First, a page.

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The CaveTransparent A poem in terza rima

By Tim Pfau Perusing a National Geographic article about cave pictures in France and Spain, poet Tim Pfau read that the Stone Age artists sometimes signed their work with outlines of their hands, and that the shapes of these hands suggest that most of the artists were female.    This finding intrigued Pfau, leading his imagination from bison and horses and hunters’ arrows to the delicate hands of the artist.        How to share this image in a poem?  The antiquity and venerability of the subject led Pfau to consider a formal poetic structure.  He decided to try terza rima, the form that Dante Alighieri introduced to the world in the Divine Comedy.    The pattern is notated as aba, bcb, cdc, et cetera. The rhymes, so fluid in Italian, often give way to near rhymes in English.  For an example of the form, here is a tense moment in the hunt in Canto XIII of the Inferno – Robert Pinsky’s translation: A hunter mindful of the wild boar and the chase Suddenly hears the beasts and crashing brush. There on our left came two at a desperate pace, Naked, torn, so hard-pressed they seemed to crash Headlong through every tangle the wood contained. The one in front cried, Come now, come in a rush… Pfau explains his choice of terza rima: “Dante’s form lends itself to...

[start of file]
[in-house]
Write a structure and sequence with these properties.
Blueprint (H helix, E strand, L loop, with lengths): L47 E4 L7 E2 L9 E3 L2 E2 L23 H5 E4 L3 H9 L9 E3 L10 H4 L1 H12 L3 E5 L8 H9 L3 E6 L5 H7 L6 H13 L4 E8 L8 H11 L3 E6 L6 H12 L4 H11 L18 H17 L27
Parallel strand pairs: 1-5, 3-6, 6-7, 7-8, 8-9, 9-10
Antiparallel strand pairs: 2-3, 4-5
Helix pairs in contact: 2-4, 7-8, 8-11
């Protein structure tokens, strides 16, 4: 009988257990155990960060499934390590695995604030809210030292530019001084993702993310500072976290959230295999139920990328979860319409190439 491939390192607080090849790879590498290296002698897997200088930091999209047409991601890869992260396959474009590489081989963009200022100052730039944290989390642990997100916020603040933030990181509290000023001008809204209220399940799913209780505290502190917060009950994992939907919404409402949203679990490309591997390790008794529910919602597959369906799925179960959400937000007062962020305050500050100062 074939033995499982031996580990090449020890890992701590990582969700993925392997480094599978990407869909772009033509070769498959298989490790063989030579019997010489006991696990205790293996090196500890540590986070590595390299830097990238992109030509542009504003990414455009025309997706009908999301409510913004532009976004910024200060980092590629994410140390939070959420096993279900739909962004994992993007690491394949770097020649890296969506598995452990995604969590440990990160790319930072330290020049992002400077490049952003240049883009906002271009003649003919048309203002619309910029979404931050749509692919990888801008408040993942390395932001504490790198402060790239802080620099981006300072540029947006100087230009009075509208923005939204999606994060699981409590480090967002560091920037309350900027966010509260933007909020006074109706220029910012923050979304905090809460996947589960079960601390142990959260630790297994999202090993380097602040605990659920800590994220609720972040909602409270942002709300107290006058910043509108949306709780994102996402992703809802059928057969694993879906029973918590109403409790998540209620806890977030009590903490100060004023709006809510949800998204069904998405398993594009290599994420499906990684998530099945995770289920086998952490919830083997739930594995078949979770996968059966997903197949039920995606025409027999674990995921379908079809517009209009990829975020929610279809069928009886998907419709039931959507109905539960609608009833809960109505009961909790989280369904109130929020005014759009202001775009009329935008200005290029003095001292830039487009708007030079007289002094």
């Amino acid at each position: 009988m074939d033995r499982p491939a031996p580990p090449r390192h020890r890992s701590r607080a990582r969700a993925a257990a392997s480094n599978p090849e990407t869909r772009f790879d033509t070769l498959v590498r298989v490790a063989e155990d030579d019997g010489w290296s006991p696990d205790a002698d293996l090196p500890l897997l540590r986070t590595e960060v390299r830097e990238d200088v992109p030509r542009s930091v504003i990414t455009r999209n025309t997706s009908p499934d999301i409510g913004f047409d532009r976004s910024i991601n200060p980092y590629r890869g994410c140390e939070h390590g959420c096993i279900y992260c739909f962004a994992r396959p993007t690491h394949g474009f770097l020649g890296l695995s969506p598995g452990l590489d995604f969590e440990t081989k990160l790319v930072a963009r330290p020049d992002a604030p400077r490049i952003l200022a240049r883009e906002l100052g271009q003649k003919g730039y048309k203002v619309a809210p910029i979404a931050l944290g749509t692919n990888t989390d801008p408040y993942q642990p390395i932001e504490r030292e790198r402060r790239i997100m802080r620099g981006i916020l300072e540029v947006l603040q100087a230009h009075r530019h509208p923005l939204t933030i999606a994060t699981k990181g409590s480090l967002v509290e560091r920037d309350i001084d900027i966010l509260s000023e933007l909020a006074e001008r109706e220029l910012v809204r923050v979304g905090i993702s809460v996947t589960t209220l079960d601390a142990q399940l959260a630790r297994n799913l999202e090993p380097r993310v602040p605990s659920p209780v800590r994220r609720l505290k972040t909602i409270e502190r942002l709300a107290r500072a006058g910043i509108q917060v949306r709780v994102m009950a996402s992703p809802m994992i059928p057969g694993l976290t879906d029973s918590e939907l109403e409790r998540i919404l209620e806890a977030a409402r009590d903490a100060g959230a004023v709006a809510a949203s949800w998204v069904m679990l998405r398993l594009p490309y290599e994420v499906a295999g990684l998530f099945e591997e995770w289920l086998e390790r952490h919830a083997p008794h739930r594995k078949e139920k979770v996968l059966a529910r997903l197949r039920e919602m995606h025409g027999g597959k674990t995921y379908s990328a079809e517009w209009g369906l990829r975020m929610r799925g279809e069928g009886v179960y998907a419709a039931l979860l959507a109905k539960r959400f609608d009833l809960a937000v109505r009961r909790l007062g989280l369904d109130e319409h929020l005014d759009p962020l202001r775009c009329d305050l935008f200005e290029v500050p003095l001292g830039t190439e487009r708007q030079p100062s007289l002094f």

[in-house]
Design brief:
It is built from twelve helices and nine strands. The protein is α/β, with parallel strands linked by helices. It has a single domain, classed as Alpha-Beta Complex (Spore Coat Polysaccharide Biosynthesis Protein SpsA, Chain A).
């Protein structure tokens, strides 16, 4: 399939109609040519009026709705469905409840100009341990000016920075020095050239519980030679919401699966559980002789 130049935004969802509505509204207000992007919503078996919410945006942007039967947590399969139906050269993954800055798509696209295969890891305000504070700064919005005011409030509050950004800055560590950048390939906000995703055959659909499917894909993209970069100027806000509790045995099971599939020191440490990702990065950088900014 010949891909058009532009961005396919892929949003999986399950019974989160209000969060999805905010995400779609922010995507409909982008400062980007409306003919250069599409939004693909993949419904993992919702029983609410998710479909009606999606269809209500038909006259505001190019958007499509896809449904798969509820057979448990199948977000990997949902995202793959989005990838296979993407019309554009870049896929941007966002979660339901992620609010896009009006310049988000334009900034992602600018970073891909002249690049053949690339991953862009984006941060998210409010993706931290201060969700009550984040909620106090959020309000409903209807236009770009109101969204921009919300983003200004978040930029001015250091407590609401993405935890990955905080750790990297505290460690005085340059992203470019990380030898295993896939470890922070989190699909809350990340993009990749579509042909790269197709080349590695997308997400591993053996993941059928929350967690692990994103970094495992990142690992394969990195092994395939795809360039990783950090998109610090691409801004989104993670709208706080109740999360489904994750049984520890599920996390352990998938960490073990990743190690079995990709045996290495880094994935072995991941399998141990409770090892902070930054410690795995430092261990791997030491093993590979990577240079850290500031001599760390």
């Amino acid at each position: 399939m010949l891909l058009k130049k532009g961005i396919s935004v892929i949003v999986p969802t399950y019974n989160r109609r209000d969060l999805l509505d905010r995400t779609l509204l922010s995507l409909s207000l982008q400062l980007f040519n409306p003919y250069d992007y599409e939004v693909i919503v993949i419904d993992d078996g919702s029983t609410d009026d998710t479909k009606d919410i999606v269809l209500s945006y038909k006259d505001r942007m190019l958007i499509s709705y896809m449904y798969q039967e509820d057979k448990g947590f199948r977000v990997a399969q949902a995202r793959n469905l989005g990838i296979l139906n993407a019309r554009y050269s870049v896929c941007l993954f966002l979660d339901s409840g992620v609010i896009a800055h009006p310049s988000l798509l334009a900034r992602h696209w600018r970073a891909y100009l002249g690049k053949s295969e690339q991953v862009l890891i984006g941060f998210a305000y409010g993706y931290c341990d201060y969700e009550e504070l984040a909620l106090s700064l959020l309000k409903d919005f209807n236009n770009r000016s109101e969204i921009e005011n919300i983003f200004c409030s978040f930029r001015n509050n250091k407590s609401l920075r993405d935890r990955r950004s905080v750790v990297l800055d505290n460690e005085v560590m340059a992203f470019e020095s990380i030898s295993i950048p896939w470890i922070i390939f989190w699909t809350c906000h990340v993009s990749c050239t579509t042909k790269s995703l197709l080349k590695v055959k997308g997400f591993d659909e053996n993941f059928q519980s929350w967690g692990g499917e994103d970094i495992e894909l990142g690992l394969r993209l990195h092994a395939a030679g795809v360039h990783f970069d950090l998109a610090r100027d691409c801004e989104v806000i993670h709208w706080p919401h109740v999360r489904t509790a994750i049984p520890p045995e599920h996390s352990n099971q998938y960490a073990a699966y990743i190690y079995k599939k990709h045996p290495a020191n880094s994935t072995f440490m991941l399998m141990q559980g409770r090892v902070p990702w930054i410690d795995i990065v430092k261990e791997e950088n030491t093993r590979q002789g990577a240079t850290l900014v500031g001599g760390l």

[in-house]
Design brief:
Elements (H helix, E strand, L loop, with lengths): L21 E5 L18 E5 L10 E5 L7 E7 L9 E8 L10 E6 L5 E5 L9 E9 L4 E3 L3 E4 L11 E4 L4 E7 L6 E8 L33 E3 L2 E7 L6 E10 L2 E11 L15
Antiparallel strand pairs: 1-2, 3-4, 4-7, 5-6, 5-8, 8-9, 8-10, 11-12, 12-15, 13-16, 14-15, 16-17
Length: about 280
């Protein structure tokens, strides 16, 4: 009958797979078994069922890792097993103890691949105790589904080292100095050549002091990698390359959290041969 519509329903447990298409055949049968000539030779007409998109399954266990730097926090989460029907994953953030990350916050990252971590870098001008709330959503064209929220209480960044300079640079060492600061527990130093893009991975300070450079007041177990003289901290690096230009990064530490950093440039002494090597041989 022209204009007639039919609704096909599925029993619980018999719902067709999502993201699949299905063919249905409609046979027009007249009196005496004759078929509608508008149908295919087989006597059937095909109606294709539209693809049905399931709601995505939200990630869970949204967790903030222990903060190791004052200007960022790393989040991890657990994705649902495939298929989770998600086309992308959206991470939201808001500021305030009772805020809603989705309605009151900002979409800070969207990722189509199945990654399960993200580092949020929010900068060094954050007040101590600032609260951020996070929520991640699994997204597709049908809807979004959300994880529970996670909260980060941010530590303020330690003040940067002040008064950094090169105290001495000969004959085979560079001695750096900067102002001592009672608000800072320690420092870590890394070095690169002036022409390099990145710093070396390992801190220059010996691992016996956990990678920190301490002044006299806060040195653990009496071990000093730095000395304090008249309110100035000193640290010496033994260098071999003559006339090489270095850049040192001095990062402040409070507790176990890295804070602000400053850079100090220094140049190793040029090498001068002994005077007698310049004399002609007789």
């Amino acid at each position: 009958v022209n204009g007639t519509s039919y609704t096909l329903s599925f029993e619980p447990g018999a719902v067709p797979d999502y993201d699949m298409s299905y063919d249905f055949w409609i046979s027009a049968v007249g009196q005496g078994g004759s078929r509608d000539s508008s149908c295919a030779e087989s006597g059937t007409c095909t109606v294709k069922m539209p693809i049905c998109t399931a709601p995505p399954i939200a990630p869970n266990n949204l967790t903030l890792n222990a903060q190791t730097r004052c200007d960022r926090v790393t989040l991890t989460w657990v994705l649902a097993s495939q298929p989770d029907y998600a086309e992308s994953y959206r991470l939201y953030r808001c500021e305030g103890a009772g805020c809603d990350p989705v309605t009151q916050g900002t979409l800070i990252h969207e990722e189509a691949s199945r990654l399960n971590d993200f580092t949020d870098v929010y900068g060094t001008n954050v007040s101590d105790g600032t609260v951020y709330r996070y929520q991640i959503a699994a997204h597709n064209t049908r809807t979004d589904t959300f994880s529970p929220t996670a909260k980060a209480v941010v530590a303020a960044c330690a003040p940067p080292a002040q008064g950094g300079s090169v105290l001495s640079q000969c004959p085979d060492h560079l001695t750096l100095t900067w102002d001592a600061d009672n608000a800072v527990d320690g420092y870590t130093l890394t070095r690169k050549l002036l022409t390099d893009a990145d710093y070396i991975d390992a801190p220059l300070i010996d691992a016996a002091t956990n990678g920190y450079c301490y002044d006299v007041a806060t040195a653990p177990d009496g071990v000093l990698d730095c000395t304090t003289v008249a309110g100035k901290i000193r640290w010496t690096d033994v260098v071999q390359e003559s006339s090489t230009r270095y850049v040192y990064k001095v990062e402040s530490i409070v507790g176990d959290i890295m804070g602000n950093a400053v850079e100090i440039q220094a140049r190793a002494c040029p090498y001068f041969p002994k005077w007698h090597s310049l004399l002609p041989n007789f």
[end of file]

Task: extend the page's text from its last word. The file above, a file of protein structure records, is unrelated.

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How Poetry Makes Sense of Science

Poems by Alvaro Rodriguez Someone asked me not long ago about the source of my inspiration and I couldn’t answer that question until I sat down and reflected on my poetry. Poetry has many shapes and forms. We give the gift of poetry to the world after we release our words. My inspiration for poetry changes day after day. It is fueled by the interaction with the world. My journey is my inspiration because I talk about my experiences in life, but the real muse is love, passion and admiration. In April this year I was invited to read during the open mic section of the Salem Poetry Project at Barrel & Keg on Thursdays. The girl that invited me was the muse for many of my poems. I found the voice inside me to give my poetry to the world. I am sharing my favorite poem below.              Wednesday I still don’t know who you are I have many questions I ask and wonder Why is not Wednesday, the day I can see you? Fiction and reality collide Are you a middle-of-the-week vampire? Simply gone and absent for me to see Darkness and blindness are not my allies Letters, words and phrases are built on Tuesday Filling the avenues at dusk Piling up and waiting To be recorded and delivered Can it be...